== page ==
A lot of the other grievances are small in detail, but everything adds up to one small pile of “Why would you do that?” Optimization, for example, is really poor, with many reports coming in about framerate issues. The game does look spectacular, and SoE did an awesome job creating these detailed worlds and environments, however, this comes at the cost of having some incredibly high system requirements. Combined with numerous cases of server and game crashes, it presents a very poorly optimized game, though things have been slowly getting better since release with subsequent patches.
The cash shop is also implemented very poorly, and this is immediately seen when you notice the prices for various items. Weapons are unlocked by acquiring certs during regular play, however, certs accrue very slowly. When you consider that some of the better weaponry costs 1000 certs just to unlock, or $7 in real currency, you’ll realize that you’re going to be spending a lot of time grinding just to be able to have options for your three loadouts unless you have some spare cash to drop. It’s borderline pay-to-win, though the more accurate description would be pay-to-not-grind, especially when you notice all the upgrade options you have. Despite SoE citing League of Legends as their inspiration for the cash shop, the actual presentation lacks the accessibility and options available in the popular MOBA title. What works for one genre, doesn’t exactly work the same for another.
The cert problem is also related to the class balance issue. If you try playing as Infiltrator, you’ll more than likely notice you accrue certs at a very slow rate, as sniping is unreliable, and hacking doesn’t net you as much exp as it should. Meanwhile, the person herp derping around as Heavy is going to be getting more kills more often, even if he doesn’t get as long of a streak as you, and is able to take out a tank or two as well, for faster exp gain, which results in faster cert gain. The end result is that if you’re looking to cut the cert grind as much as possible, just go Heavy and shoot anything that moves. Maybe grab your faction tank or an aircraft as well for extra killing power.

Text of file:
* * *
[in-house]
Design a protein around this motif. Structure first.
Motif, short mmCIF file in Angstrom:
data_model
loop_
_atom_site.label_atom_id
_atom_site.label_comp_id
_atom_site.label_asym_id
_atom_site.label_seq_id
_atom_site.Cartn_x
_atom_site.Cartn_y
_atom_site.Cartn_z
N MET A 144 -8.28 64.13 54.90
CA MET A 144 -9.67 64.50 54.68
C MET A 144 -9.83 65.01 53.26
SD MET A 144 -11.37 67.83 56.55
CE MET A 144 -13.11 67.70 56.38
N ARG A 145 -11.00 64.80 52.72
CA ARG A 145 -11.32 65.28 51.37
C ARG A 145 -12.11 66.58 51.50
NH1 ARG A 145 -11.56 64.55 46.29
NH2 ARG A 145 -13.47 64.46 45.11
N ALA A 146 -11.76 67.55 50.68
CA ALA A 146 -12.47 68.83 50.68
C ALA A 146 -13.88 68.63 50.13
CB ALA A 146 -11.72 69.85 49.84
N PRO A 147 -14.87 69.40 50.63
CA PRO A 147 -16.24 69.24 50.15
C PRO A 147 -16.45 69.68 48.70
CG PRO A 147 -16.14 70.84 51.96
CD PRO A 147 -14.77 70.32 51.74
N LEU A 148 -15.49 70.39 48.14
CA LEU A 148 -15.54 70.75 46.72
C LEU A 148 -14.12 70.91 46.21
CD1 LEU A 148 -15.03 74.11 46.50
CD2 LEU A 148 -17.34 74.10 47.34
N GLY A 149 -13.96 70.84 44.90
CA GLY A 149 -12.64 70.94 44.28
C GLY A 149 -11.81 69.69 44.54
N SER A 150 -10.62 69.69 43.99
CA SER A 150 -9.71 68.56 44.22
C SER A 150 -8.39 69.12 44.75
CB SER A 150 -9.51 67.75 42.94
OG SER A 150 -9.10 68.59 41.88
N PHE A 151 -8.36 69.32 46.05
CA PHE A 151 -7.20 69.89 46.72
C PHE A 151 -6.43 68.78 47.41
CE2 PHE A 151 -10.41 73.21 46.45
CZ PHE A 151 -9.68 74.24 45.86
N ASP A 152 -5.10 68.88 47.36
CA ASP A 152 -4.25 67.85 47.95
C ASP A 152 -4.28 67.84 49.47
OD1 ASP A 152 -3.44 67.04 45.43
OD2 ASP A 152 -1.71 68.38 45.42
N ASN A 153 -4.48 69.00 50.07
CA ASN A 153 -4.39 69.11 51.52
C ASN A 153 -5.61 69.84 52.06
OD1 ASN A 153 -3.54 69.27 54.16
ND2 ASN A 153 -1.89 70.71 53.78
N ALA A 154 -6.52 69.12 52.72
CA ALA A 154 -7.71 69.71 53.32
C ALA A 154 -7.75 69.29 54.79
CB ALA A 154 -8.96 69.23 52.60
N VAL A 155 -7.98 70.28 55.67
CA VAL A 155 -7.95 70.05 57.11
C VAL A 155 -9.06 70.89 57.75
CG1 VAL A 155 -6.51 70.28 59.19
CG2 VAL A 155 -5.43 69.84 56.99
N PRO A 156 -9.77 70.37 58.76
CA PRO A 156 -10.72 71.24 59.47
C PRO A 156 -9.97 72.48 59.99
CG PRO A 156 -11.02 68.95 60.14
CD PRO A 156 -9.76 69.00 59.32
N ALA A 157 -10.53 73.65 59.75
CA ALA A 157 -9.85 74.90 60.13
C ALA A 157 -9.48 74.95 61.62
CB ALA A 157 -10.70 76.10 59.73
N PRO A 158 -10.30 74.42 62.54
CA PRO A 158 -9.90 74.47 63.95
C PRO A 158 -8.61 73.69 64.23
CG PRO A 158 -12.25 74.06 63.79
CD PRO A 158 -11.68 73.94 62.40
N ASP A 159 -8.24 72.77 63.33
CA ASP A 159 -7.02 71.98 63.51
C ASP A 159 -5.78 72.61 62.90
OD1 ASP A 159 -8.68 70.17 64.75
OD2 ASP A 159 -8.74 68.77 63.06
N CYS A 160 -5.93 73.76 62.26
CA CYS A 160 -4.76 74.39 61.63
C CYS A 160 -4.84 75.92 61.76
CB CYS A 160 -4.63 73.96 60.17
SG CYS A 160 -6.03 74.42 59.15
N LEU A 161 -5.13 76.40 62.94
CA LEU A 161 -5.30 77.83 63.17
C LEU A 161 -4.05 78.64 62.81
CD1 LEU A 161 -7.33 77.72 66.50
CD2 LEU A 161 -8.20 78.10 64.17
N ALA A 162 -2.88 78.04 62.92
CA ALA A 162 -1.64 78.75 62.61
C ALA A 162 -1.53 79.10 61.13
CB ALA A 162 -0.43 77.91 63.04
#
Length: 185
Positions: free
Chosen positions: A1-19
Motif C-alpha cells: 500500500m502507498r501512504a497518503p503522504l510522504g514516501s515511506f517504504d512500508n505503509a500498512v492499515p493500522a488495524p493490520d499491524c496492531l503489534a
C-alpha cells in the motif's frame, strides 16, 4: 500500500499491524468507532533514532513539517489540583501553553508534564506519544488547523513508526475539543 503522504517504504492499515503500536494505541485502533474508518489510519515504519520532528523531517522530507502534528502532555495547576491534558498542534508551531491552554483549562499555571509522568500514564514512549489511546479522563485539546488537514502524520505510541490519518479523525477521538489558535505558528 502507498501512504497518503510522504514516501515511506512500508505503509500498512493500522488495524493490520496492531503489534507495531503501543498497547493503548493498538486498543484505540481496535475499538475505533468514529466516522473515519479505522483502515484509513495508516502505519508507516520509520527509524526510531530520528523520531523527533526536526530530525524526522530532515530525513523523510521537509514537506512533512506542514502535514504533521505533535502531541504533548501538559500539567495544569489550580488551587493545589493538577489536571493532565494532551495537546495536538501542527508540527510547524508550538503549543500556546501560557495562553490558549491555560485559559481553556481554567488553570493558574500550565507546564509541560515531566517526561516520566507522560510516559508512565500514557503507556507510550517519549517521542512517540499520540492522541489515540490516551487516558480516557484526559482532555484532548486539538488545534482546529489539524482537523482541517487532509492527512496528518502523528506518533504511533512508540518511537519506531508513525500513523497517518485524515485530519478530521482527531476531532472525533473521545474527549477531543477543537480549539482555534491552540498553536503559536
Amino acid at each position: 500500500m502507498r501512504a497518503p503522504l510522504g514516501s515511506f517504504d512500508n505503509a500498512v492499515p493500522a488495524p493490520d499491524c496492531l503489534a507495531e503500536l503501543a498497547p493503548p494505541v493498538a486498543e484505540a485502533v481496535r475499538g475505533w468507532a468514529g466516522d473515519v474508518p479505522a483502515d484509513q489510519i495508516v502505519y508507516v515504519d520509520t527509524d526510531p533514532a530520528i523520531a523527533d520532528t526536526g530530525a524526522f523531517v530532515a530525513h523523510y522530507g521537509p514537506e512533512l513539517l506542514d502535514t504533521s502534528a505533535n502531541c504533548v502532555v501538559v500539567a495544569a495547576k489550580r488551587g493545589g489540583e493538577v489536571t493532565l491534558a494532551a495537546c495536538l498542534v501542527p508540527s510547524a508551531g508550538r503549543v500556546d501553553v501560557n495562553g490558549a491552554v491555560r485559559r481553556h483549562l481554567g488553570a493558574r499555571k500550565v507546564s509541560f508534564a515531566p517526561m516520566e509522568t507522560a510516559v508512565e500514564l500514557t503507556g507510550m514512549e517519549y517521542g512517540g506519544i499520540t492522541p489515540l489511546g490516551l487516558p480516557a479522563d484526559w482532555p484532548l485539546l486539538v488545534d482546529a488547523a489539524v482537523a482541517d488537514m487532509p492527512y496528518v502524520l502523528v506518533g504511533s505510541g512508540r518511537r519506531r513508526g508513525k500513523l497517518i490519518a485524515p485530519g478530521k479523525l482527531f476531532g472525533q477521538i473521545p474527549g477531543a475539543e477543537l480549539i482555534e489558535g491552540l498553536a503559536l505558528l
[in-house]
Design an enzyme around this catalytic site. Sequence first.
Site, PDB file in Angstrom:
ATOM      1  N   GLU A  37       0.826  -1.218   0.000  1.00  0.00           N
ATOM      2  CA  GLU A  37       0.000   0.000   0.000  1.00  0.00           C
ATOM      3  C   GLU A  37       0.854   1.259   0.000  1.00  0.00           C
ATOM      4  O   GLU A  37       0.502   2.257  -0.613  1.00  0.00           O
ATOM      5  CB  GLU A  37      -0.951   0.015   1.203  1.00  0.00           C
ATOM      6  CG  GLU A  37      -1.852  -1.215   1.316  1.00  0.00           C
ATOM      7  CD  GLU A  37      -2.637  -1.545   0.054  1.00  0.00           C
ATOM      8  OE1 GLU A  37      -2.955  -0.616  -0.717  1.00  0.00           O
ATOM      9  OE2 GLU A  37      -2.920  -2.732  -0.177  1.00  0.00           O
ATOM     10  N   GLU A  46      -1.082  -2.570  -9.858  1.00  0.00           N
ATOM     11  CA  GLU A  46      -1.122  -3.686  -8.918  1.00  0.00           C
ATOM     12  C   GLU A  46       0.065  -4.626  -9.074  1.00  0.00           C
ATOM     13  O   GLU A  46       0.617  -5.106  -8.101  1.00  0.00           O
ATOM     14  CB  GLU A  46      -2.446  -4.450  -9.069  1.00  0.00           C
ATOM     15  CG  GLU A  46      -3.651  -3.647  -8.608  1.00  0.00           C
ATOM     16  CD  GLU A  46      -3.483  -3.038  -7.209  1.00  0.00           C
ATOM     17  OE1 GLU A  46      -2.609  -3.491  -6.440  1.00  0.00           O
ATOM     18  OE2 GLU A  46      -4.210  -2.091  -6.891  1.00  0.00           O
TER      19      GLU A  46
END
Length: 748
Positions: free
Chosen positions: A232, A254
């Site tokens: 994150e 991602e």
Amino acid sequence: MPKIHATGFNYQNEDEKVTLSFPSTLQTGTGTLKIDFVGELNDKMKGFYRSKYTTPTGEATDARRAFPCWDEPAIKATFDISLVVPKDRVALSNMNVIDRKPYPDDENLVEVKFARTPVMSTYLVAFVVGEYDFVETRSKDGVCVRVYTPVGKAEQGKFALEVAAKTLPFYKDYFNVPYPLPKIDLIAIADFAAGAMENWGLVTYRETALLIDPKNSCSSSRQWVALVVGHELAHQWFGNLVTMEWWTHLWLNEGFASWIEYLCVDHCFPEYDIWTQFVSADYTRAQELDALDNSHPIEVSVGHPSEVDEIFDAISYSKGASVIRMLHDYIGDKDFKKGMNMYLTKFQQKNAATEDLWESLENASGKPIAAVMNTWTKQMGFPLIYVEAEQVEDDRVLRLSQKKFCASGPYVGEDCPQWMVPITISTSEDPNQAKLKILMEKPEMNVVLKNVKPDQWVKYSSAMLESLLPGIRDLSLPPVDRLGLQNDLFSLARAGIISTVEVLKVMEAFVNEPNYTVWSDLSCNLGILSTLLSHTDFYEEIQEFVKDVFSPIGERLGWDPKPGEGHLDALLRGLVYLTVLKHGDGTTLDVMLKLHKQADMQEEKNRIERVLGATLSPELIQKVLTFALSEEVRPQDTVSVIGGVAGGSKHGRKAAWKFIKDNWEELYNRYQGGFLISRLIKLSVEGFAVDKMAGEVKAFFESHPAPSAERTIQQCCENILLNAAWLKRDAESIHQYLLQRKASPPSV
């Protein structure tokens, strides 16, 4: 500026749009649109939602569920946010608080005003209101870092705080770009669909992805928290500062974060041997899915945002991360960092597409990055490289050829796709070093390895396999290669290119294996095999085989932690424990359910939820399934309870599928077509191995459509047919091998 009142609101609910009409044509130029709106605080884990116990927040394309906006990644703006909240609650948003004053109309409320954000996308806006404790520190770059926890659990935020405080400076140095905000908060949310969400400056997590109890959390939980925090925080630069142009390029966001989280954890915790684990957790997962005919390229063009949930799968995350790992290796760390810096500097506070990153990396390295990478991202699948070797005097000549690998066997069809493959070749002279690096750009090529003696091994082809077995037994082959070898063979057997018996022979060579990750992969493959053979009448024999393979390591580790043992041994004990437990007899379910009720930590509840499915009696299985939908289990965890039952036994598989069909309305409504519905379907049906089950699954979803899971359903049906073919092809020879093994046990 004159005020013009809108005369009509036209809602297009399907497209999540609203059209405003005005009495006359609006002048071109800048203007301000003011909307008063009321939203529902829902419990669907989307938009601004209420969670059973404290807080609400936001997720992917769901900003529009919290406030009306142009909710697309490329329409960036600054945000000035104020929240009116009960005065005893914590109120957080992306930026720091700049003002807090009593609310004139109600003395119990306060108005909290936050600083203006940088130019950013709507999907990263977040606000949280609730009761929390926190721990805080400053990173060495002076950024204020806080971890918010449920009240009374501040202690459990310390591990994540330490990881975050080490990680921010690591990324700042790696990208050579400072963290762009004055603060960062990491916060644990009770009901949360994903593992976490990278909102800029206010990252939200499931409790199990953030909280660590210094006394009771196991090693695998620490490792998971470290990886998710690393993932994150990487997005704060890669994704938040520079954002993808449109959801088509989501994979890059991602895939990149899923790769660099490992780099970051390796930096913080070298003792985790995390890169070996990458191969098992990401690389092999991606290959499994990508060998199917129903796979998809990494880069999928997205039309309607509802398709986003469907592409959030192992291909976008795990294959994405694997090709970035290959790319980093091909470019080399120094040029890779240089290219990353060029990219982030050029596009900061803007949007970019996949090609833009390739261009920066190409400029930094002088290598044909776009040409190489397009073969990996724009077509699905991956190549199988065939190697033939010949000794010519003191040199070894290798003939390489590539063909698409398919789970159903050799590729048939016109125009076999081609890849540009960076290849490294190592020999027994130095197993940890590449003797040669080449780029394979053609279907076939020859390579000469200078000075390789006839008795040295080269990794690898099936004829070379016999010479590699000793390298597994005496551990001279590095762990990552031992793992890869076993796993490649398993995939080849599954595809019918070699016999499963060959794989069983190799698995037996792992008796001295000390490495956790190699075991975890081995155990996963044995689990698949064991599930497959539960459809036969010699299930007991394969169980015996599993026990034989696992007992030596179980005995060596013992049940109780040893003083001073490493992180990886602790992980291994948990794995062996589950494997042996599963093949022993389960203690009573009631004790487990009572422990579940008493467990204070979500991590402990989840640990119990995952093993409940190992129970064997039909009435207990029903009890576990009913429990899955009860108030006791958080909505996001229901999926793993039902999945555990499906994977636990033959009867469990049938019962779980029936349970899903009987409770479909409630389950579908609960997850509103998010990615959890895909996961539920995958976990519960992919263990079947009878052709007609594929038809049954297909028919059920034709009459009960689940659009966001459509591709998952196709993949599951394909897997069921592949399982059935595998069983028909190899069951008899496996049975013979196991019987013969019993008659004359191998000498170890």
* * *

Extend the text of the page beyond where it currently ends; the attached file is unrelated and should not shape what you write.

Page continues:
These are really just the tip of the iceberg in regards to the numerous problems that exist in the game. Other things include the ridiculously slow cap times, poor handling of vehicles, various bugs, glitches, game crashes, and other things. (Though having a flying ATV is pretty damn hilarious). As much hype as this game was getting, the actual release so far has been very shoddy, so much so that I was actually questioning writing this review before the majority of these issues were addressed.
A lot of the problems may stem from the fact that SoE is trying to make a game for the truly hardcore crowd; the people that actually do have time to sit and study every single miniscule detail that the game has. Though the F2P tag does encourage people to at least give it a quick spin, it’s far from the most accessible game around. Some of the attempts at creating realism also just end up being an annoyance. Bullet drop and velocity are creative ideas that can take time to master, however, unnecessary breath-holding and friendly fire just remind us that video games are supposed to take us away from reality, not remind us of how much it sucks. And besides, it’s a game about space armies with futuristic weapons that don’t even exist in our time for crying out loud. Realism should be thrown out the window from the get-go in this situation.
For what it’s worth, there is some fun to be had here. When everything works the way it’s supposed to, it can be an enjoyable experience, with battles taking place on a massive scale, accompanied by a great feeling of accomplishment when you manage to finally take over a heavily defended base. It’s just best done with a group of friends that you know and trust, where you can either plan a huge assault, or just do silly things together like riding across the countryside. Trying to tackle this behemoth solo will just make the faults that much more evident, and lead to overall frustration.
Also, hope that your computer is fortunate enough to run the game without any problems whatsoever. Otherwise, enjoy playing at well below 30 FPS and/or experiencing a multitude of crashes.
Final grade: B-